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ZBT to teach consent with massive game of red light, green light

Luca Silveira | Hatchet Photographer
Luca Silveira | Hatchet Photographer

Zeta Beta Tau is bringing a summer camp game to campus – but with a consent-driven objective.

The fraternity will host a large game of red light, green light, in University Yard on Oct. 24 – part of its broader focus on sexual assault prevention. The program will include chapters at the University of Maryland and Towson and American universities.

The game, called “Green Light, Go!” is supposed to be a playful way to engage students and address consent, Nick Carr, the president of Zeta Beta Tau, said.

“The concept’s pretty simple. If you ever were a kid and played red light, green light, it’s that, around the topic of sexual assault. Respecting the signals and knowing the signals: red is stop, green is go, and yellow is also supposed to be stop, you know, just like at any traffic light,” he said. “You’re not supposed to run through a red.”

The object of the game is to be the first one across a field. Carr added that the goal is to break the Guinness World Record for the biggest red light, green light ever played. The record is currently 1,203 participants at Willamette University.

The fraternity will also promote the game through a week of discussion on social media, part of the fraternity’s national Let’s Get Real Campaign which aims to start frank conversations about sexual assault, Carr said. He and other student leaders have planned a “peer-led conversation” in the Marvin Center that week.

During the week, posters with bold green or red traffic lights on them will be hung around campus, Carr said. The posters will pose questions like, “Why do girls have to watch their drinks at parties?” and, “When was the last time you actually asked a girl to dance?”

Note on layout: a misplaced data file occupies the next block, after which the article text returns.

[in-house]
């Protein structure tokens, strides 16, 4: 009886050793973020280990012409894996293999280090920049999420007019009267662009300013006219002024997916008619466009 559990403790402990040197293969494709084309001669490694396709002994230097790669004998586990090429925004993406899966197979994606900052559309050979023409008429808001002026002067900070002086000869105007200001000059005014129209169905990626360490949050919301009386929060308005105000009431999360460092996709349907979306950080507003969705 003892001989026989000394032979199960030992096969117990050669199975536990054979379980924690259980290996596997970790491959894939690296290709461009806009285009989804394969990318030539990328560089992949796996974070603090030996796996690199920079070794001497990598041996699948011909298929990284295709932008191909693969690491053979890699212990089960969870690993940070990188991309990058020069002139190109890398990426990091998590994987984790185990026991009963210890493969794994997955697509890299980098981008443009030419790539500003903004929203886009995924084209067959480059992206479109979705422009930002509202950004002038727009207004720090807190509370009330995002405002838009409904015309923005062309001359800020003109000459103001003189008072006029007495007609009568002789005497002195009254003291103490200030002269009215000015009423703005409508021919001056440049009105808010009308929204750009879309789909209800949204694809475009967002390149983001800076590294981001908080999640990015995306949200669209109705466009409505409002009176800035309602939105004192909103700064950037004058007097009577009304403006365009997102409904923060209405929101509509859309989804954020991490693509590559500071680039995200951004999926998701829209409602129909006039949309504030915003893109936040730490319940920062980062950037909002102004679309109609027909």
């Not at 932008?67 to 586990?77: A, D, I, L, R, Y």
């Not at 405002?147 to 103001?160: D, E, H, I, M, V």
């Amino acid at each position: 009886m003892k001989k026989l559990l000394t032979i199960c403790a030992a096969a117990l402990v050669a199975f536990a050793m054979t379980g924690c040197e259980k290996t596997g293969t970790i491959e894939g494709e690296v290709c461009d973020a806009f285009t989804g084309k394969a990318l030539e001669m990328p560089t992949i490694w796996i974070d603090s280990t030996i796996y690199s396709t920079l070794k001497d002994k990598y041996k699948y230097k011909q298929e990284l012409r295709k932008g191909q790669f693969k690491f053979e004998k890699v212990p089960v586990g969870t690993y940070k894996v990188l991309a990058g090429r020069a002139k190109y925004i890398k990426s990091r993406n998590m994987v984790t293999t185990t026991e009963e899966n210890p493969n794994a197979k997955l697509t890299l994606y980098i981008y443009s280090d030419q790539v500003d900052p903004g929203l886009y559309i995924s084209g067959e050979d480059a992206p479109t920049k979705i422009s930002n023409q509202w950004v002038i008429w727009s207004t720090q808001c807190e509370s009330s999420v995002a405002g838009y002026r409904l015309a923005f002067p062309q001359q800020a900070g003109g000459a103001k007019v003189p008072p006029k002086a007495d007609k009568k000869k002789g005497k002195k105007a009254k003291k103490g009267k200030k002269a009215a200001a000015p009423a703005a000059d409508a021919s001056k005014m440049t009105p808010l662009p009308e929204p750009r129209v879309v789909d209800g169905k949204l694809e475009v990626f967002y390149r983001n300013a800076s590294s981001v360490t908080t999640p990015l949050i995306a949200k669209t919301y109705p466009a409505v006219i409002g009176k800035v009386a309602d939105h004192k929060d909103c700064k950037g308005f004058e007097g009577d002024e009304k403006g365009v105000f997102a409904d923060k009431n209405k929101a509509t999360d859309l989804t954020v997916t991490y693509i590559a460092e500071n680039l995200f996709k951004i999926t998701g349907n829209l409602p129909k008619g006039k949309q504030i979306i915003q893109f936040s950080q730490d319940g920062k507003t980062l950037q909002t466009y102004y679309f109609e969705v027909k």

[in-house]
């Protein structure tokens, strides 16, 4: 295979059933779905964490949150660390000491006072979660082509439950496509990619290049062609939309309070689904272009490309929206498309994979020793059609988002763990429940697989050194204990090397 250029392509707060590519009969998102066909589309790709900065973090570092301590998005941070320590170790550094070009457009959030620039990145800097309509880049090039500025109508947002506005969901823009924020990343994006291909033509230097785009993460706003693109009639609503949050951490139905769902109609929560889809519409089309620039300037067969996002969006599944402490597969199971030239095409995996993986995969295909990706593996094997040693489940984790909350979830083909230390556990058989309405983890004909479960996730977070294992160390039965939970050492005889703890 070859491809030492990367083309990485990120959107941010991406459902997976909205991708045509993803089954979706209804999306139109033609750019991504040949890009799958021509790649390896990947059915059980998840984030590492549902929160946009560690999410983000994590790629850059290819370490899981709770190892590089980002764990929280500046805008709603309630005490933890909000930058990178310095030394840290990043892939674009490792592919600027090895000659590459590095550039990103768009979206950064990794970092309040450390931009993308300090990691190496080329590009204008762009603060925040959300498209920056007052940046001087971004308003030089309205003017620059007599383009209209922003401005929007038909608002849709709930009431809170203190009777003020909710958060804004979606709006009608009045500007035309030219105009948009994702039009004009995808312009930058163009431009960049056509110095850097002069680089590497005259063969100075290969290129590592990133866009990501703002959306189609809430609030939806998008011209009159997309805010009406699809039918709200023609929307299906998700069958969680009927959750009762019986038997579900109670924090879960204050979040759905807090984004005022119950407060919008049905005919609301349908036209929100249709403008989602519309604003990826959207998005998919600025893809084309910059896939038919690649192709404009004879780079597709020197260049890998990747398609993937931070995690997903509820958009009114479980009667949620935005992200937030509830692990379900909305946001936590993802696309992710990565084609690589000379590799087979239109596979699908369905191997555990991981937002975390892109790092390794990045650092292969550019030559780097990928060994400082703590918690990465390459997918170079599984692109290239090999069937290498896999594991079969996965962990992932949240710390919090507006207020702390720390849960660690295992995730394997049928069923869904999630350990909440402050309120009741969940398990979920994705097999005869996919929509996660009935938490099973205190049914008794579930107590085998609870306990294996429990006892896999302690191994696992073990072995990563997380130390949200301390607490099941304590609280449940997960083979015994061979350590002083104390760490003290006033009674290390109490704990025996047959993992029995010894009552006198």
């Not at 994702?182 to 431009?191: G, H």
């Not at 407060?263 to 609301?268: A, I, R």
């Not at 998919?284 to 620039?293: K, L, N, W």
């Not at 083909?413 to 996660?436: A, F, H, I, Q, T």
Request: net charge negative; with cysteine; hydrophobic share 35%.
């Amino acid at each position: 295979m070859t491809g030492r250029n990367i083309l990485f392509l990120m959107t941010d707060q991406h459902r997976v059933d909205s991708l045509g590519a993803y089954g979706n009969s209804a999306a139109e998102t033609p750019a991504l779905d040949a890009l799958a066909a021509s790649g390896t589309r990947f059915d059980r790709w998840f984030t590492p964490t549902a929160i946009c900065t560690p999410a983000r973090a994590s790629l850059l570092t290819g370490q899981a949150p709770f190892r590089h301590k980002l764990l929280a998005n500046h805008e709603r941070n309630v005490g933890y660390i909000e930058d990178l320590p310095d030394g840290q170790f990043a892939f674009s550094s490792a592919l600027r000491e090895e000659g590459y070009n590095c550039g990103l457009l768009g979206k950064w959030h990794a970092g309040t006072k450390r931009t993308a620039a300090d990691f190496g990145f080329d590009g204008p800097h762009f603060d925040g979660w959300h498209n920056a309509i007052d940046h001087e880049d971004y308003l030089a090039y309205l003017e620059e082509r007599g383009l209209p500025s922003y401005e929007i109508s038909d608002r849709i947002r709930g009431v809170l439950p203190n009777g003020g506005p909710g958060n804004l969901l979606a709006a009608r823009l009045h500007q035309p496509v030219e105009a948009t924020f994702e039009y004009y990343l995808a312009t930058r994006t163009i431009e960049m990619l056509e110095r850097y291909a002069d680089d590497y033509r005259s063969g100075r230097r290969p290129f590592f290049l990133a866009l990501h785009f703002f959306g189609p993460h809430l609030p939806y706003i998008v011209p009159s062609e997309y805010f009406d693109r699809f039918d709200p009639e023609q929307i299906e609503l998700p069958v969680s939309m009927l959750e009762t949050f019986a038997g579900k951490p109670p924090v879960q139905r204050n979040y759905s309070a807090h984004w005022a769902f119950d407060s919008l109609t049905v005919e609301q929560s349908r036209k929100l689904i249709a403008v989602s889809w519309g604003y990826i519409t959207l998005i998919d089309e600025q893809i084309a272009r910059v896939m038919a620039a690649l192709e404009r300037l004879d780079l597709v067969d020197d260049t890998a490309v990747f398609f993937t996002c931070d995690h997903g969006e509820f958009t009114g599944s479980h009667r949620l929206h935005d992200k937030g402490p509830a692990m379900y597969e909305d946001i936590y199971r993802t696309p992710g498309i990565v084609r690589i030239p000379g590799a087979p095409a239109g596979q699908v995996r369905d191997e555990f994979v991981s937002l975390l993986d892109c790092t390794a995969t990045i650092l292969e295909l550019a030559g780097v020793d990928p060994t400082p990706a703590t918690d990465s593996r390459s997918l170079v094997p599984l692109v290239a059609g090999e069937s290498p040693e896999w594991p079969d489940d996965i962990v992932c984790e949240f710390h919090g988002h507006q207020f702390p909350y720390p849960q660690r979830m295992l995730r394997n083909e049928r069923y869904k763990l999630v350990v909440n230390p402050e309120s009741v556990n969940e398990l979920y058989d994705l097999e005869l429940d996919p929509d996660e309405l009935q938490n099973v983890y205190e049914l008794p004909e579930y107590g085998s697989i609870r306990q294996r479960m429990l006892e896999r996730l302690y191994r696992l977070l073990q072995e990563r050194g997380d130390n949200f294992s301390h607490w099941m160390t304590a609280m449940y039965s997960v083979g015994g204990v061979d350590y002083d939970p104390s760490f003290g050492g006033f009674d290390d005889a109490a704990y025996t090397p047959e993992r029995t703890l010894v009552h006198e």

In 2014, Zeta Beta Tau started a program with Sigma Delta Tau sorority and Jewish Women International to encourage ‘safe dating.’ The program included a one-day workshop about consent and sexual assault.

Carr said that while the joint program is helpful, it “doesn’t go far enough.”

“It’s not student-run. It’s not peer-to-peer. We should be addressing the problem ourselves,” he said.

Sexual assault within the Greek community has been a focus of leaders throughout the last year, after a sexual assault was reported in the Phi Sigma Kappa townhouse last September. At least six reports of sexual assault in Greek townhouses have been made over the last three years.

In April, about 300 members of Greek life attended a sexual assault prevention workshop hosted by Sigma Chi that drew criticism for what some attendees called problematic language and inappropriate commentary.

“[Sexual assault] is a terrible stigma attached to our community. That has nothing to do with our community. That’s a terrible thing a part of every college campus, Greek life or not, that happens,” Carr said.

Both Carr and Interfraternity Council President Keaton White said the IFC has asked chapters to take the lead with sexual assault prevention programming like “Green Light, Go!”

“Because the IFC itself is a small organization, we look to our member fraternities to take the lead on programming,” White said in an email. “We couldn’t be more happy that one of our fraternities is taking this on and can’t wait to see what they will bring.”

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